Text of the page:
I don't really understand what style is, and I need to find the style of "Casey at the Bat." Can someone help me?

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bullgatortail | High School Teacher | (Level 1) Distinguished Educator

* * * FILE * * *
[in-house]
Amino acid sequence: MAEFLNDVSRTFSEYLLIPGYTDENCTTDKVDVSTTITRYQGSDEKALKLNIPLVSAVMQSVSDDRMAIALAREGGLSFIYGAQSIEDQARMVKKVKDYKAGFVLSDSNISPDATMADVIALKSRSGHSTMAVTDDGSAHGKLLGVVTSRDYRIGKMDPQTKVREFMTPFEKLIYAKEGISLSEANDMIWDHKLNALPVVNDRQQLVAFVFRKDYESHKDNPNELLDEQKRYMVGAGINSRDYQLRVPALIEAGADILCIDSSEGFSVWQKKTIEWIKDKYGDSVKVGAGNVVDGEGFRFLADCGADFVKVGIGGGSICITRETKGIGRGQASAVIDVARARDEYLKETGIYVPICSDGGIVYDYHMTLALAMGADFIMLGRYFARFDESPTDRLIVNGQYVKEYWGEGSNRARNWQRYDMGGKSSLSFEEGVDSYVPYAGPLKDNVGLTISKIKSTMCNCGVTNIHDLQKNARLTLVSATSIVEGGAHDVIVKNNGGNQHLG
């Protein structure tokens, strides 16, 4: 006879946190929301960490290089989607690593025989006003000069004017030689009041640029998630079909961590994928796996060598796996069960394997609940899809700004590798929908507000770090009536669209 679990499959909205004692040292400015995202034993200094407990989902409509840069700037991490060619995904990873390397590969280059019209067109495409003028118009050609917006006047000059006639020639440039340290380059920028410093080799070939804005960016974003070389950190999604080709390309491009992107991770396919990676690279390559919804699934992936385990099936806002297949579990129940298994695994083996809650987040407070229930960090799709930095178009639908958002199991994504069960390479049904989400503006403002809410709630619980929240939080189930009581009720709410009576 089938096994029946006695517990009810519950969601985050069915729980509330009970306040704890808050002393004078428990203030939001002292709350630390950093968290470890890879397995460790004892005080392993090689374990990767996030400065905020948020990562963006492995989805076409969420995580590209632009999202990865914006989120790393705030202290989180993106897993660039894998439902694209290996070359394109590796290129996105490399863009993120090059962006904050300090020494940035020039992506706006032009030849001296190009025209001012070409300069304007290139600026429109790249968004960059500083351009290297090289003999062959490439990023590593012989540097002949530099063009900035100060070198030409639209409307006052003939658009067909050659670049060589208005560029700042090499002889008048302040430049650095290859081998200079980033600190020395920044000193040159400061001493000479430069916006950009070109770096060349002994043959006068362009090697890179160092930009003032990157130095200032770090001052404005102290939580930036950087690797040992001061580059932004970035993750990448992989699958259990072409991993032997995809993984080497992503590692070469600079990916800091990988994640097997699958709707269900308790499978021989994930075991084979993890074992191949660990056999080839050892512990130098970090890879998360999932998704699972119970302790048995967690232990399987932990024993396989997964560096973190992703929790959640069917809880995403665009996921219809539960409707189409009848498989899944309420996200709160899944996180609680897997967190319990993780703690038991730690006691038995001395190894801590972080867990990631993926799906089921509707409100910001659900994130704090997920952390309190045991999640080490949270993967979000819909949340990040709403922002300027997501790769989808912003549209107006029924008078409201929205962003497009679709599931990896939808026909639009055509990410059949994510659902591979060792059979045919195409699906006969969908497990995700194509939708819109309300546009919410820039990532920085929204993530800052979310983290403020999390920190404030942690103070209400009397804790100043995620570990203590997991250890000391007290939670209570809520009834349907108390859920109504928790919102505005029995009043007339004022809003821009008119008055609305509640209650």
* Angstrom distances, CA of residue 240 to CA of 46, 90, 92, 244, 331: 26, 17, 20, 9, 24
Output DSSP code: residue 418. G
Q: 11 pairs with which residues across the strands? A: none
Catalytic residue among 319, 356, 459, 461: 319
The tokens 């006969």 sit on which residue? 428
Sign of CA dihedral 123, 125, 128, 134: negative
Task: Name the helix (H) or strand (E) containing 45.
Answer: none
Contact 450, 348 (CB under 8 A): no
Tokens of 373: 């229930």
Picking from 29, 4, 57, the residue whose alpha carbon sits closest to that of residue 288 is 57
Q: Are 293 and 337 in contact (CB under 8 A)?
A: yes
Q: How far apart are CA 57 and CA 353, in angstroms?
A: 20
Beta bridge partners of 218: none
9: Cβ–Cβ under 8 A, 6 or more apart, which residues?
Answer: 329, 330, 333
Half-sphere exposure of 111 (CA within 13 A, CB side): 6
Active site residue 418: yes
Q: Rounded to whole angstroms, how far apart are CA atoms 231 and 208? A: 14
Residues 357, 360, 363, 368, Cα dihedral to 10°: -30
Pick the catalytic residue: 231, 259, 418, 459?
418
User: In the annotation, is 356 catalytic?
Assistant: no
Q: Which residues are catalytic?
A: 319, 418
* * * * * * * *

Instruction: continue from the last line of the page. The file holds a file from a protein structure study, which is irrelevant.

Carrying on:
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First of all, style is a literary term which describes the manner in which the story is being told. In the case of "Casey at the Bat," the poem (or ballad) is a narrative being told by an unnamed speaker, but obviously one who has great admiration for the slugging main character. The theme is baseball, of course, and there are multiple references to the sport, including many 19th century terms and allusions. The character of Casey is probably based on the old baseball hero, Mike "King" Kelly, for which a famous song, "Slide, Kelly, Slide" was written. The poem is written in rhyming verse separated into four-line stanzas with an AABB rhyme scheme. Beginning in a realistic, somber tone, since the local Mudville nine is losing and the outcome appears hopeless, it moves on to a hopeful and almost mythic narrative once the local superstar Casey struts to the plate. There is great humor within the lines, and the poem concludes with a highly ironic and totally unexpected twist at the end. 

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